Why waste money on targeting facilities in that case? Just seems cyclists are a law unto themselves so we’ll just have to smile through gritted teeth every time these paragons of virtue hold us up or cause accidents when frustration or bad driving occurs. Of course it’ll be bad motorists that get the blame but invariably suffer less pain in the circumstances! Has it dawned on Donovan that users of the M5 risk fewer head on collisions than those using the A38. Still I’m all for freedom and choice for all but let’s have a modicum of common sense and less overkill please. Nobody wants an Us versus Them situation to arise over the use of what in reality is a short, scenic and enjoyable route – less traveled than most too!

    • Donovan Bayley says:

      There are poor cyclists AND drivers out there, you will never solve that problem entirely.

      The point I’m making is that many cycle facilities are simply not fully fit for purpose (they are often just bumpy, debris-ridden pavements with a bike painted on them and have multiple points where you have to stop and give way to traffic). There are finally some half-decent ones going in around Exeter but the only way you’ll notably separate traffic and cyclists is if both have good dedicated facilities.

      This scheme will achieve that (i.e. through traffic goes via Kenton and cycles via the estuary road) and this may well increase cycle use all-round as people enjoy an almost traffic-free journey from the heart of Exeter all the way to Dawlish.

      It is very sad to see and hear the continual aggression from motorists towards cyclists that you, Mr Gilbert, and Holly Gilbert are mildly demonstrating. The bottom line is that they are far more vulnerable than motorists but have just as much right to use our roads. The real irony is that motorists whinge and whine about them, yet as soon as something innovative comes up to segregate them, they still whinge and whine.

    • MR J L GILBERT says:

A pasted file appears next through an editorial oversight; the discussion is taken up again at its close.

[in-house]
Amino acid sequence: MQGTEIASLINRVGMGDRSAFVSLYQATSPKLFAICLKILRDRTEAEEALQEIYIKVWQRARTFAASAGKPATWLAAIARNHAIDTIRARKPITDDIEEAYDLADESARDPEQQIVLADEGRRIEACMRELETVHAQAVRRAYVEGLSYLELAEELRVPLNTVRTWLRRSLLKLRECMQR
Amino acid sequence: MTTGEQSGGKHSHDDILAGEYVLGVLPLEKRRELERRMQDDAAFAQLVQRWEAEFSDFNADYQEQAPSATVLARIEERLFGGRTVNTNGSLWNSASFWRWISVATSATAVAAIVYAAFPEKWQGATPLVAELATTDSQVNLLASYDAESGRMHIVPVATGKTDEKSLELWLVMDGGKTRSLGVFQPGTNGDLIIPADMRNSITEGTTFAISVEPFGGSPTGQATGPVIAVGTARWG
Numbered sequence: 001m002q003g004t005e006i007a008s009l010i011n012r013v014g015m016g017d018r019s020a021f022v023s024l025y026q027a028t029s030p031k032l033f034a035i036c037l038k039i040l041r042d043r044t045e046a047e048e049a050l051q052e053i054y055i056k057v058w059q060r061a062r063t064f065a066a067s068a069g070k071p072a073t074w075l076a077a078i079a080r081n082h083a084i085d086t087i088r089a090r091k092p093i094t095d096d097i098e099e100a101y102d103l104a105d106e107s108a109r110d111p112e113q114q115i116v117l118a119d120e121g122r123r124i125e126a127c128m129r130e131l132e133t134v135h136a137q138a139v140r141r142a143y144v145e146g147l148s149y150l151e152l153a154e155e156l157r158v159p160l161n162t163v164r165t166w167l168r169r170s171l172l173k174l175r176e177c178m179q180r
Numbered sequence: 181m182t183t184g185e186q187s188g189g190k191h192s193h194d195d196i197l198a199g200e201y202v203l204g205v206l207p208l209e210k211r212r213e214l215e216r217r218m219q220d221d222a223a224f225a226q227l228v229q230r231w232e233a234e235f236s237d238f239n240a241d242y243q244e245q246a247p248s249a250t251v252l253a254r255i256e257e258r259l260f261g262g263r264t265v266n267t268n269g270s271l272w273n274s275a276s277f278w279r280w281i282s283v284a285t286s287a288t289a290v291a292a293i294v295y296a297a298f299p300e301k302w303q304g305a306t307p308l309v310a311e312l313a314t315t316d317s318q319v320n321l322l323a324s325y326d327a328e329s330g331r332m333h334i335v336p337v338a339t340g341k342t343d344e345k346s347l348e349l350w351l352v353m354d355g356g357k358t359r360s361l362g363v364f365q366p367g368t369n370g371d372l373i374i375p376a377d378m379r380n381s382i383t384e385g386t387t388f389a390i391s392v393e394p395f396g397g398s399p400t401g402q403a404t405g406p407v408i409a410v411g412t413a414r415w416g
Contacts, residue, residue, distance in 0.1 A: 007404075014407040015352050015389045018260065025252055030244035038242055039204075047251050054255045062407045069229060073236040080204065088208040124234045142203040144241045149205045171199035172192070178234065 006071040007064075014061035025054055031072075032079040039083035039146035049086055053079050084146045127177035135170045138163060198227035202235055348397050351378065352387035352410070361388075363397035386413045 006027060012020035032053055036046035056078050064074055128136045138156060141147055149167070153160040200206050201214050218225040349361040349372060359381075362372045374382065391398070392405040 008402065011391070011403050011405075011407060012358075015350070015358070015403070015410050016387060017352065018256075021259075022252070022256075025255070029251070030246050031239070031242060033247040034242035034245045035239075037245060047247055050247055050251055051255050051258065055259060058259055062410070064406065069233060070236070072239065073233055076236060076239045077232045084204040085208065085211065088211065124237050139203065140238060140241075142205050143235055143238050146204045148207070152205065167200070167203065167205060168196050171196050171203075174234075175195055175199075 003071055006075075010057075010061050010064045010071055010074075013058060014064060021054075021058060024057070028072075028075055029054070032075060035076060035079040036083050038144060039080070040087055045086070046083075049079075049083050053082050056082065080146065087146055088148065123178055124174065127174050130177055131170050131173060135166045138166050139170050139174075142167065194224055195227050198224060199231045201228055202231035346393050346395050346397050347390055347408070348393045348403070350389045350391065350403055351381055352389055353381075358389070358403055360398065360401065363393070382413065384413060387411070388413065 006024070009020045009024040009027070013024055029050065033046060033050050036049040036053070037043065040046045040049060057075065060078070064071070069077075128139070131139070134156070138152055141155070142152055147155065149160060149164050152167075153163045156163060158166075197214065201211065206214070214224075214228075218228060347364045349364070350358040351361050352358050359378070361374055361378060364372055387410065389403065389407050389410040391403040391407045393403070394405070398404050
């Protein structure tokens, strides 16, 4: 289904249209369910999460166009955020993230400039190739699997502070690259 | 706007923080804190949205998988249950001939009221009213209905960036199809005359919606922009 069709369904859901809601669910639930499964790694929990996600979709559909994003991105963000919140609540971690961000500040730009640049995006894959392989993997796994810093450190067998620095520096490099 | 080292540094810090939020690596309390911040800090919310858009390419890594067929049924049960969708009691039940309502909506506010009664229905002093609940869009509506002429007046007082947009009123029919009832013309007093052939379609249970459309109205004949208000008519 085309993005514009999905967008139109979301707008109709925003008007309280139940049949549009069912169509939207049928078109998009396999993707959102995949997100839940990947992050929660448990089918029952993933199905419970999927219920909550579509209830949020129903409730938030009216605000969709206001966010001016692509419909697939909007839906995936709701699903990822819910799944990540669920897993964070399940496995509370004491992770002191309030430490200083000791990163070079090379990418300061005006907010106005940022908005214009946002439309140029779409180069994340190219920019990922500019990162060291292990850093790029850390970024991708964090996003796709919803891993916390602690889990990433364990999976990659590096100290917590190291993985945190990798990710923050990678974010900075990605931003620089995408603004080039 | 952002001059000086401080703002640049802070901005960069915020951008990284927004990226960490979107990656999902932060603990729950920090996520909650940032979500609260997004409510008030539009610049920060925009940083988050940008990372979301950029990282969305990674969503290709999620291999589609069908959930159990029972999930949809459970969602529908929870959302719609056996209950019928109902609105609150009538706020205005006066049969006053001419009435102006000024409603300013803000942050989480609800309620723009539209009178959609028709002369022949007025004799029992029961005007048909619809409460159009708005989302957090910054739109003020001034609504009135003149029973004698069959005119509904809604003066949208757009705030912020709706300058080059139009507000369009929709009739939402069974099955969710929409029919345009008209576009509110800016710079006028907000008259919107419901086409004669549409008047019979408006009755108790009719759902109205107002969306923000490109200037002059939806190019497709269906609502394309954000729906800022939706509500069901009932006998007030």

“yet as soon as something innovative comes up to segregate them, they still whinge and whine.” Typical response from a holier than thou cyclist going on about the poor quality of the rather costly provisions being made on your behalf – self indulgent hypocrites who clearly have no sense of irony either it seems!. As for aggression from motorists at least we look in the mirror – you should do the same!

  13. Andy says:

    Firstly, a simple question for the news centre. It says “formal comments can be made ”
    Are comments within this forum considered as formal? Many comments have been made on here, will they be considered? If they are not considered as formal, what happens to them? Hopefully someone will reply and clarify, as it is not clear from what I have read here.
    Secondly could you reply as to what is considered “designated parking”. The church carpark is an area of mud/hard standing around trees. Are the verges next to the road used by many to park considered designated? What about the sections next to the road used, such as the lay-by near the yacht club, overlooking the deer park?
    I look forward to a response.

  14. Holly Gilbert says:

    I am all for cycle tracks. I wish the police would fine those who do not use them. On Shaldon Bridge a lot of extra money was spent to put a walking and cycle track, but the cyclist do not use it, we were told when asking a cyclist why “its a road bike mate”. So I have little respect. We park at Powderham church and walk up to turf together with a lot of others, prams and kids on bikes who need somewhere to learn. A lot of money was spent of the railway bridge, it is too far for people to walk from starcross and then the turf. Surely if it is a rat run then put some sleeping policemen in or the alternating priority barriers. The police have enough to do without having to enforce this.

    • Mike Ashby says:

      Cyclists are not legally obliged to use cycle paths so there is no chance of a fine. Think you need to read the Highway Code.

    • Adrian Rutley says:

      Hi Holly, My understanding is that the provision is to stop the road used as a short-cut rat run. People parking at the church and walking to Turf would be fine as they are accessing the church premises and pay voluntary contribution for parking there.

  15. Allan Stead says:

    In a response timestamped 4:22 pm on April 4th, Devon NewsCentre states that the restriction will not apply to those visiting designated off-street parking areas, such as Powderham Church car park.